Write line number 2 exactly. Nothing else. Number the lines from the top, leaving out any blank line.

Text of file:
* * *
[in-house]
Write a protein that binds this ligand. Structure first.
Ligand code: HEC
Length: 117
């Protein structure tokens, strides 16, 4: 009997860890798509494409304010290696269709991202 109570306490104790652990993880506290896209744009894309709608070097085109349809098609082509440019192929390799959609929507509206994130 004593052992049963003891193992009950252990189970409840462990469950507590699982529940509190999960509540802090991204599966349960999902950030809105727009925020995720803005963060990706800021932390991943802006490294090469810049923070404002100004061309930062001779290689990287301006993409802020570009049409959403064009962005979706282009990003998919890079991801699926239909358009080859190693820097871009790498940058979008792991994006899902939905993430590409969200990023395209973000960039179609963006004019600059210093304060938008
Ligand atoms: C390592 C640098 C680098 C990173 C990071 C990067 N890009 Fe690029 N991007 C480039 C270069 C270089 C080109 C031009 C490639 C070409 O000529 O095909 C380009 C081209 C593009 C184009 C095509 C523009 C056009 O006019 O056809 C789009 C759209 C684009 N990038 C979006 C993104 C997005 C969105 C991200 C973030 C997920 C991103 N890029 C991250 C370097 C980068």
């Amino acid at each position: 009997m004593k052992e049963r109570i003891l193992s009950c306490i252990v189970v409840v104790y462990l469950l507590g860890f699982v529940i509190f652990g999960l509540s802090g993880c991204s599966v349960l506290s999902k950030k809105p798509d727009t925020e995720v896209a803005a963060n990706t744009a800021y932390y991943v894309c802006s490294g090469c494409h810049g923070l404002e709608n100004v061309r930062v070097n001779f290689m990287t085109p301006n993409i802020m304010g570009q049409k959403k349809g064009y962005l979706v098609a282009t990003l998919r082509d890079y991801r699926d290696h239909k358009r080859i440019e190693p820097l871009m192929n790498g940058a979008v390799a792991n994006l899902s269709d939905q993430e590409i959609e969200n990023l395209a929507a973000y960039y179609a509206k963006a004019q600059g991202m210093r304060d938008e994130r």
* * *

Write a protein that binds this ligand. Structure first.